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Get To Know: The Cole Porter Songbook

Everybody loves Cole Porter. But most jazz musicians really love Cole Porter. Singers love his lyrics, which contain great wit, amazing rhymes and beautiful imagery. Instrumentalists love his elegant melodies and sophisticated song structures.

During the three decades of Porter's greatest productivity — the late 1920s through the late '50s — jazz musicians would latch on to the latest Porter songs from his Broadway shows or Hollywood musicals and turn them into jazz standards almost immediately. Jazz artists are still exploring Cole Porter today. And why not? Along with the songs represented in this list, some of his other works include "Begin the Beguine," "Ev'ry Time We Say Goodbye," "You're the Top," "I Get a Kick Out of You," "Easy to Love," "Miss Otis Regrets," "I've Got You Under My Skin"... and that's just scratching the surface of his amazing output.

As you listen to Cole Porter, and perhaps compare him to the other great Tin Pan Alley songwriters who were his contemporaries, remember that most of those songwriters worked in teams — Rodgers and Hammerstein, George and Ira Gershwin, and Lerner and Loewe, to name a few. But Cole Porter did it all — words and music. And nobody did it better.

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Get To Know: The Cole Porter Songbook

Fred Astaire

During his career on Broadway and in films, Fred Astaire got to perform a lot of Cole Porter numbers. In fact, Astaire introduced "Night and Day" in a 1932 Broadway show called Gay Divorce. In the latter part of his life, Astaire revisited many of the songs he'd done on stage and screen. Instead of using an orchestra, though, Astaire decided to approach the material from a jazzier angle, so producer Norman Granz put together a band for him. And what a band: Oscar Peterson (piano), Barney Kessel (guitar), Flip Phillips (saxophone), Charlie Shavers (trumpet), Ray Brown (bass) and Alvin Stoller (drums). It's a wonderful song from an indispensable collection.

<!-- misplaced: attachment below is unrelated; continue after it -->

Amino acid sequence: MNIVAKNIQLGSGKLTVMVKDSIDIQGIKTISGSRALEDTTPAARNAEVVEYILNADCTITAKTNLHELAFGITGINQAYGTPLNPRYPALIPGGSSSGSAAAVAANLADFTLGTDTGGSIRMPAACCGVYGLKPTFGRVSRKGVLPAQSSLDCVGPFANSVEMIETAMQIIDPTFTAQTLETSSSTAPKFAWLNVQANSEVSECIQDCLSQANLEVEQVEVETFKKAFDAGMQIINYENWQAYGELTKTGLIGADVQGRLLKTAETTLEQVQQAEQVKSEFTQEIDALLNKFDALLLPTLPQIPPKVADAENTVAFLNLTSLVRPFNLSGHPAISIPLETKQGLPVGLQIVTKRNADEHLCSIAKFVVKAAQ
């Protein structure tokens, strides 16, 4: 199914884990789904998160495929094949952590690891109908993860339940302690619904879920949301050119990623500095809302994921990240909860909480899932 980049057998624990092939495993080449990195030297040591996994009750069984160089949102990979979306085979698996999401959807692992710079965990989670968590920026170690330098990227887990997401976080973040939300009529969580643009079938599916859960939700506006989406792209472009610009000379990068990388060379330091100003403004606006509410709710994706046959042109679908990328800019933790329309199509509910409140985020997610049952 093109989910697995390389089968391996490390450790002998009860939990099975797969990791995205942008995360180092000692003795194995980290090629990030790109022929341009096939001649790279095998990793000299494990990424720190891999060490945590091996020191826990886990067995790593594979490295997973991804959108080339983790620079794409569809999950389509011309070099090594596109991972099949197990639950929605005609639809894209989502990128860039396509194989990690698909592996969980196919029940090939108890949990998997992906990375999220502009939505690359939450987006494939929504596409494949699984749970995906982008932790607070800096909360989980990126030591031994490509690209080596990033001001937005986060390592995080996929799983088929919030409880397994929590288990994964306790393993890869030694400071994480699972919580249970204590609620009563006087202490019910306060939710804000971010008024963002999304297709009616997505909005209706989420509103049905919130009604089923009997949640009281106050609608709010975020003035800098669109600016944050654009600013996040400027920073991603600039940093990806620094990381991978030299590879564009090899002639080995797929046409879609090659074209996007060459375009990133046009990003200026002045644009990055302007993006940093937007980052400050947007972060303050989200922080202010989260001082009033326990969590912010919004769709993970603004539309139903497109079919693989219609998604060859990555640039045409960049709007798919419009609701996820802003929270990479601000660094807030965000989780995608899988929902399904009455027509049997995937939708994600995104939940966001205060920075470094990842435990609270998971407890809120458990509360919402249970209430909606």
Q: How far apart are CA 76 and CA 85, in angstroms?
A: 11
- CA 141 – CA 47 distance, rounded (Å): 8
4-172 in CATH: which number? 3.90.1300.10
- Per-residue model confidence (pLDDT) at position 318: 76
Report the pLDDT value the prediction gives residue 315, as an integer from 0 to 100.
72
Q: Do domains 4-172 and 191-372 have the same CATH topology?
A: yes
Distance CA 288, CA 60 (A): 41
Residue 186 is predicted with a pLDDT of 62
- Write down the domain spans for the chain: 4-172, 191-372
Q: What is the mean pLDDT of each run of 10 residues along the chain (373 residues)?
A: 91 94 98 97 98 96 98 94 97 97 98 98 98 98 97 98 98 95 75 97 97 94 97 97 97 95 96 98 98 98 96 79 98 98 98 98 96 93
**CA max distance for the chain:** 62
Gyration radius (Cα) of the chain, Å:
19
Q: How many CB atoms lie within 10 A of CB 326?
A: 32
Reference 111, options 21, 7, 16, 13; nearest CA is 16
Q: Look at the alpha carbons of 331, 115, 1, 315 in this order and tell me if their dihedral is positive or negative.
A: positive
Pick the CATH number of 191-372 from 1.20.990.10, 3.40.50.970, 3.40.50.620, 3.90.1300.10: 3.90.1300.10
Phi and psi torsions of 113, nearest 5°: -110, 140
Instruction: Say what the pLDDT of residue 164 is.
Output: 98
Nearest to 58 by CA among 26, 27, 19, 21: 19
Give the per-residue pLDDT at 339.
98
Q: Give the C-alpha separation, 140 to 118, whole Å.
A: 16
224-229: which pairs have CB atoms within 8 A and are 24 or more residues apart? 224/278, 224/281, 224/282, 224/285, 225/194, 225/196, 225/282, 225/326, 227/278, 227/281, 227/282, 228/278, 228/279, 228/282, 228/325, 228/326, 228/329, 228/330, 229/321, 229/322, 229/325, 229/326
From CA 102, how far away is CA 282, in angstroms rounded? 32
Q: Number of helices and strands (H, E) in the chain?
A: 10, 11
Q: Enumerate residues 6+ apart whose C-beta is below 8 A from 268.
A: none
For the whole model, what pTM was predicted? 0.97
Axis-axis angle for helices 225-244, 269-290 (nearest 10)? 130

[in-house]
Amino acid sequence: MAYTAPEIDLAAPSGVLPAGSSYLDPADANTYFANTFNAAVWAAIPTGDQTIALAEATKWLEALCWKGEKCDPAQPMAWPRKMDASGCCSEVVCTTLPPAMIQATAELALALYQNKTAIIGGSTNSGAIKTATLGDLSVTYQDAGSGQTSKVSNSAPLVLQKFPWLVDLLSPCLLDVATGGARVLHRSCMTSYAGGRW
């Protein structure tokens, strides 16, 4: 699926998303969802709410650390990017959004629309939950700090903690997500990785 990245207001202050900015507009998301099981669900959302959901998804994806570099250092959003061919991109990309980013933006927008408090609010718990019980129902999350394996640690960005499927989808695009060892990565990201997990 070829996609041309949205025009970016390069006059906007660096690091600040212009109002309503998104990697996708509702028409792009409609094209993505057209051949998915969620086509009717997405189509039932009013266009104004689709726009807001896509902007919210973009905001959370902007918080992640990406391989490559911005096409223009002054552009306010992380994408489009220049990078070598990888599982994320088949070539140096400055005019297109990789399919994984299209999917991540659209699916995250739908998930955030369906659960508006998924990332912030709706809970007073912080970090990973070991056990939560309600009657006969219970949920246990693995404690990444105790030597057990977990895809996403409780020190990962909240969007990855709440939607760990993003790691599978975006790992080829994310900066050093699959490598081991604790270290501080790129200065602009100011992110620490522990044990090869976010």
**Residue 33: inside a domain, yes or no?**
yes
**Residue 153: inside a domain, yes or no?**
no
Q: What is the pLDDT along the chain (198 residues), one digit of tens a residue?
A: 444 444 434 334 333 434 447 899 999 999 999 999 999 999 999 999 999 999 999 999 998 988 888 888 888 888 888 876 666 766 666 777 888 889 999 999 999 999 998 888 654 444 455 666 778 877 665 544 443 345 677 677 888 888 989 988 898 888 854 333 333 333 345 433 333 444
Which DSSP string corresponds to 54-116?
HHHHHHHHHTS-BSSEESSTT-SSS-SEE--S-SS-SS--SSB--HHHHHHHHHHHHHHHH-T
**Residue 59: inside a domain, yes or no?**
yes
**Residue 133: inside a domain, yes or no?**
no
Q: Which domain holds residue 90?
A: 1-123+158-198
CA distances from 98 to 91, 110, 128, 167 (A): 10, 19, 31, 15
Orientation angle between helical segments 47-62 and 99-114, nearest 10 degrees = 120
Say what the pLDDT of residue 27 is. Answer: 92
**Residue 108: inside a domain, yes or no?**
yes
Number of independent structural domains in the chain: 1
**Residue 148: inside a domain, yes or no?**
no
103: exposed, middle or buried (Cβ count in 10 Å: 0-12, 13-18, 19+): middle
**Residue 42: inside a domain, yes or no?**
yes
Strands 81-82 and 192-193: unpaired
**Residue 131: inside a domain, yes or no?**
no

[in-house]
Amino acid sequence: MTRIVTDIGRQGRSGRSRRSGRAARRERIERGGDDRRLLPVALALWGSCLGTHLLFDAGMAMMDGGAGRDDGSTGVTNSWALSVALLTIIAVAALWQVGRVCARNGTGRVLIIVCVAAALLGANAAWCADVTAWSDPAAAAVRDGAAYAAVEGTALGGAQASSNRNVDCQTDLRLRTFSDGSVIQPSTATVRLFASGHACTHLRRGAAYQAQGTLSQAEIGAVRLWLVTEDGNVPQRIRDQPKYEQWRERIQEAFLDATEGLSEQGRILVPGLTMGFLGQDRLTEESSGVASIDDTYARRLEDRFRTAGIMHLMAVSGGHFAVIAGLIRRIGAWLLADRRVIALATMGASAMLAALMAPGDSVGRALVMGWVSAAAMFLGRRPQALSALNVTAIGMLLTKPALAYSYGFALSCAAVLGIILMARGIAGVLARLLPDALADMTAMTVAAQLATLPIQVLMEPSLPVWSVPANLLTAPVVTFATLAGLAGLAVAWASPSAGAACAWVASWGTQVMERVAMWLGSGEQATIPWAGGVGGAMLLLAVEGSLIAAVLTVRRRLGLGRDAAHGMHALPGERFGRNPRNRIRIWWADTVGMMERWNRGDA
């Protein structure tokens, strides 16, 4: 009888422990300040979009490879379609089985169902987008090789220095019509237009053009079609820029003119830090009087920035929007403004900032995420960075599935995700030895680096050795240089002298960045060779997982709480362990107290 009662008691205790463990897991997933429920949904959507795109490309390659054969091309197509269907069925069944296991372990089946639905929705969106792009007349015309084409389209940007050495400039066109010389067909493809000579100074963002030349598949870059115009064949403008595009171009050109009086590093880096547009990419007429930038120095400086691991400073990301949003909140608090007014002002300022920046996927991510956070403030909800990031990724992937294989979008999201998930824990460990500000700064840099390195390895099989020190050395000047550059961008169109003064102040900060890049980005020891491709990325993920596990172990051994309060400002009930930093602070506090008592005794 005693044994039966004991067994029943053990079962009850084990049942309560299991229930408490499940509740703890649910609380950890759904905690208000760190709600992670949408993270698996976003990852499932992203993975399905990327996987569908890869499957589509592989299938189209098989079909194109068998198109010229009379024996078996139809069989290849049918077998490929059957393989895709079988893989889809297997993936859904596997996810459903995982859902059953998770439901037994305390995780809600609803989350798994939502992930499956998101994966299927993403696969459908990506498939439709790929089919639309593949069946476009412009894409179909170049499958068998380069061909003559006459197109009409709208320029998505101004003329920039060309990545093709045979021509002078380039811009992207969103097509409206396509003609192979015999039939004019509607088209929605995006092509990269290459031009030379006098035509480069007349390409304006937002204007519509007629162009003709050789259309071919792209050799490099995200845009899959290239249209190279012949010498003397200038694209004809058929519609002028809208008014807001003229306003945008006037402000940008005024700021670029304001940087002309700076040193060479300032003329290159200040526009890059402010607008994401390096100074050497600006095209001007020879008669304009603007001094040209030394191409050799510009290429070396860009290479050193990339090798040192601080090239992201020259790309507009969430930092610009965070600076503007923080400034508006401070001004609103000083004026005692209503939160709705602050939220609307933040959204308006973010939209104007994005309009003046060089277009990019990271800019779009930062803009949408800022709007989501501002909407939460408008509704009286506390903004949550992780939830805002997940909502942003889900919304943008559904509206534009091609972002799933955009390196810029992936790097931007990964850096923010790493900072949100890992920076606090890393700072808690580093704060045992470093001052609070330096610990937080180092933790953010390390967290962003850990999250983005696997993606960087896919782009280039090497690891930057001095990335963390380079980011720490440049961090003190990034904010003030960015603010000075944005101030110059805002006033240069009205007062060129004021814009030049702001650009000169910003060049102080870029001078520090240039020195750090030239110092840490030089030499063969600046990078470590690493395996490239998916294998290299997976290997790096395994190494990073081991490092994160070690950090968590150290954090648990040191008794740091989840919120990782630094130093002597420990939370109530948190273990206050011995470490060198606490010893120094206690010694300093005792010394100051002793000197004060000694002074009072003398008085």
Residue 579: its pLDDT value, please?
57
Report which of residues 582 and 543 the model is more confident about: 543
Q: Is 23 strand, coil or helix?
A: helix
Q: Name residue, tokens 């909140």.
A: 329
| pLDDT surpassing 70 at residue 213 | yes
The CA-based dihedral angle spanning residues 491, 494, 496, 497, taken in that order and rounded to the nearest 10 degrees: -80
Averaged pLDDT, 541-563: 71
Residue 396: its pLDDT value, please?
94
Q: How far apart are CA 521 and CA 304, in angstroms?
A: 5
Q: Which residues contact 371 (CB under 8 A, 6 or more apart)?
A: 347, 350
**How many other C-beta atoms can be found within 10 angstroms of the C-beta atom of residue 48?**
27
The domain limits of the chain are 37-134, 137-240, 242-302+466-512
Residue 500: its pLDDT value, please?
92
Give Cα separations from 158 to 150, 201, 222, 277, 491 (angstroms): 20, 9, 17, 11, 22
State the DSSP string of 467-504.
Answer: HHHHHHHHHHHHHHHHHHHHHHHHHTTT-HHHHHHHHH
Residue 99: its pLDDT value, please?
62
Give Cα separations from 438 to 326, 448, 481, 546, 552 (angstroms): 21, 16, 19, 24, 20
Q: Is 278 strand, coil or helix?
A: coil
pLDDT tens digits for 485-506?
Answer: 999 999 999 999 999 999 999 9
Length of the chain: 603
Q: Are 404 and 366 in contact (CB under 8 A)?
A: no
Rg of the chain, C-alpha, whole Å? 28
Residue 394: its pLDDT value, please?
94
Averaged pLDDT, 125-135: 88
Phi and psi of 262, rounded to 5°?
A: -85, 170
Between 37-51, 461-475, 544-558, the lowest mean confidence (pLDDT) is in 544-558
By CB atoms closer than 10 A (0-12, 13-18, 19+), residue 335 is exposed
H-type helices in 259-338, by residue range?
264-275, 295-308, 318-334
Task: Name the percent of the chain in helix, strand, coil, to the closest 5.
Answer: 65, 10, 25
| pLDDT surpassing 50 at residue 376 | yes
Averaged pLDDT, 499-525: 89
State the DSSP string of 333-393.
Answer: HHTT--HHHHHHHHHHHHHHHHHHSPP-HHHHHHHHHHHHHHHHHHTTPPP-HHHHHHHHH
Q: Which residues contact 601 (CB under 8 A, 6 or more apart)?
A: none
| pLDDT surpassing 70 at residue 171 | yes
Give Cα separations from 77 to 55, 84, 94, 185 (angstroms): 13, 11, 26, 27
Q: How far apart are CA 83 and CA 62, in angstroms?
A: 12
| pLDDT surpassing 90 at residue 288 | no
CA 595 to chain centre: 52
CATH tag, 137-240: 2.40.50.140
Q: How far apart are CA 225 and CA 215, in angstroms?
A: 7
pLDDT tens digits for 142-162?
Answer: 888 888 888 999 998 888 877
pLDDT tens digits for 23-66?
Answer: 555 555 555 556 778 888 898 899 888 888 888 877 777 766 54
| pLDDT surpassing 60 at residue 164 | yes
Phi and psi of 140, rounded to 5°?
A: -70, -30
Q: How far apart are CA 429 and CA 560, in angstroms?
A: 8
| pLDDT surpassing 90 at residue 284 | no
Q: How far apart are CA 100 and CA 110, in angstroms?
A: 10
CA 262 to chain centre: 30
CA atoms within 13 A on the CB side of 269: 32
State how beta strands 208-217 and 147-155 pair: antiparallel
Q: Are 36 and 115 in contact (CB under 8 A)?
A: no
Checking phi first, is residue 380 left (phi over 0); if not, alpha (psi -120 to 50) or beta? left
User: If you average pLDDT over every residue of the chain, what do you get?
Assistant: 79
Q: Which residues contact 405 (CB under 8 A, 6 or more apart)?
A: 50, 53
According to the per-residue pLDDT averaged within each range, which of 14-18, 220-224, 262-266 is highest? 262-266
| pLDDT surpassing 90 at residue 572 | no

Ella Fitzgerald

Speaking of indispensable collections, Ella Fitzgerald's Cole Porter Songbooks should probably be in every library (personal or public) of American music. Fitzgerald's voice and Porter's music were made for each other. In this selection, Fitzgerald performs her version of "Let's Do It." It's a great example of how Porter's clever and playful lyrics could hint at a level of earthiness while remaining acceptable to those who chose to think that when Porter wrote the words, "Let's do it," he really did mean, "Let's fall in love." And maybe he did.

Aretha Franklin

Here's another example of how Porter's sophisticated songwriting could flirt with earthiness (to say nothing of illegality) and still come up with a song that would be accepted by the masses. This version of "Love for Sale" comes from Aretha Franklin's earliest attempts at reaching a secular audience. Before she became the Queen of Soul on the Atlantic label, she made some jazz recordings for Columbia. These releases weren't particularly successful in their initial release, but after Aretha Franklin became "Aretha," these fine recordings were repackaged and reissued. In this arrangement, she takes "Love for Sale" at a fairly breezy clip; as she sings, it's great fun to listen for those little hints of the great soul singer she would soon become.

Nellie McKay

Not too long ago, Nellie McKay emerged on the American music scene as something of a wunderkind. At 27, she's already established herself as an unusually gifted and idiosyncratic singer-songwriter (as well as an actor and a comedian). Refusing categorization, McKay draws inspiration for her music from the worlds of jazz, pop, rap and, in this instance, Tin Pan Alley. It's a fine testament to the staying power of Cole Porter's work that someone like McKay, who has made her mark with her own songwriting, would put her stamp on his music. But, once again, everybody loves Cole Porter.
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Brad Mehldau Trio

Much is made of Cole Porter's lyrics, and rightly so. But those lyrics would have much less life without his irresistible melodies. Since the dawn of bebop, jazz instrumentalists have had no problem separating Porter's music from his lyrics to create instrumental jazz standards. Charlie Parker did jazz arrangements of a number of Porter's songs and, since then, every generation of jazz players has taken a swing at many of them. A terrific entry from 2004 is this arrangement of "Anything Goes" by pianist Brad Mehldau. Mehldau evidently took Porter at his word, because anything goes in this version of the song. It's radically different from the way it sounded on Broadway in 1934, but it's still Cole Porter. And he's still the top. [Note: We were unable to secure rights from Rhino Records to stream this track.]